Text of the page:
UT Tyler


Water Demand Forecasting

One of the most challenging aspects in the operation and management of a water system is the development of effective long-range infrastructure and capital financing plans. Assessing infrastructure needs and developing capital improvement plans requires a thorough understanding of future water demands. The multitude of factors influencing water use such as population, housing, employment, income, and weather make it difficult even for water utilities with large planning staffs and detailed water use records. However, smaller utilities rarely have specialized staff or detailed water use records needed to conduct demand studies to assess future infrastructure needs. Ironically, the development of infrastructure and capital plans are specially important for smaller utilities where over-investment in infrastructure waste scarce capital resources and under-investment can result in antiquated systems with insufficient coverage and high maintenance costs.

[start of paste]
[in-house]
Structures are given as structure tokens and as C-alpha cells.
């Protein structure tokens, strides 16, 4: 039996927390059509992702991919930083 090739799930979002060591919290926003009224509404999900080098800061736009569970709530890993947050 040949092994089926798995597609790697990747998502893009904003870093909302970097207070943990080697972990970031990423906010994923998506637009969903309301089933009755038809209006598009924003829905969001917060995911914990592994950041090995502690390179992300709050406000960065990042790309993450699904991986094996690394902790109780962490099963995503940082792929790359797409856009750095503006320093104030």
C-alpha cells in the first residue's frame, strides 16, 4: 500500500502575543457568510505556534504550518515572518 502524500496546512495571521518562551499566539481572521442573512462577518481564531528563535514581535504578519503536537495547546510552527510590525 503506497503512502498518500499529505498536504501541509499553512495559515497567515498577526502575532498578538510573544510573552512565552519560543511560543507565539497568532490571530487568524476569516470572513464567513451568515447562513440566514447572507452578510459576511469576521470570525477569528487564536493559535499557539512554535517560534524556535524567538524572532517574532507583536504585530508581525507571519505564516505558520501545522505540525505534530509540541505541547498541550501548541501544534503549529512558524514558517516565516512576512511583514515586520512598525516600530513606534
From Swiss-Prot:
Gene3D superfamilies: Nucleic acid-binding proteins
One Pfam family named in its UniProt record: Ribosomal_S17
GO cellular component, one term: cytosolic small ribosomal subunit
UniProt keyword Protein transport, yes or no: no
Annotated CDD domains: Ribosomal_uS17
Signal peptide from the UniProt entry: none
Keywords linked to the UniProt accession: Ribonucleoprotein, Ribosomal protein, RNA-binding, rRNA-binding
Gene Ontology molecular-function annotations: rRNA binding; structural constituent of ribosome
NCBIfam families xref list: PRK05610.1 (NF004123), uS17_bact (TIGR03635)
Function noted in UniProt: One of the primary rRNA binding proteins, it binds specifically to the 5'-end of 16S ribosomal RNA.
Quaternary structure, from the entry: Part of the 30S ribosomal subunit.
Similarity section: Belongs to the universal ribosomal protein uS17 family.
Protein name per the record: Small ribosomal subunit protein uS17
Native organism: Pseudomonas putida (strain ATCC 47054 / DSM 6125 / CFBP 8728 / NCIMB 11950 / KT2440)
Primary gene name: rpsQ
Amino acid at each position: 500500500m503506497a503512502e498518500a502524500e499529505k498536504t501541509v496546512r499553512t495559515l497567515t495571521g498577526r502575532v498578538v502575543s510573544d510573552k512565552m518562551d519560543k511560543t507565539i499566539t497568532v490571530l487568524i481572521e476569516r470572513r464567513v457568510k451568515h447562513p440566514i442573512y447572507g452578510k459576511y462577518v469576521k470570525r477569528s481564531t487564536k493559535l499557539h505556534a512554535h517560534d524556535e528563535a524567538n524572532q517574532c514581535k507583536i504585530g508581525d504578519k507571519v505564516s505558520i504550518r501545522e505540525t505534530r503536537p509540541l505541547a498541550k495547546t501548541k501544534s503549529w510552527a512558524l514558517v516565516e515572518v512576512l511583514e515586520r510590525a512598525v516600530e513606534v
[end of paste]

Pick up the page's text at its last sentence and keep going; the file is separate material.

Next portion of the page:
The purpose of this research is to develop a water demand forecasting model that uses a multivariate approach to incorporate the climatic, socioeconomic, demographic, and water cost variables that influences water use. The model's dependent variable, average daily production, is determined from supply data provided by the participating utility. The figure below shows the variance between the predicted and actual daily production from a local water utility from 1998 to 2008.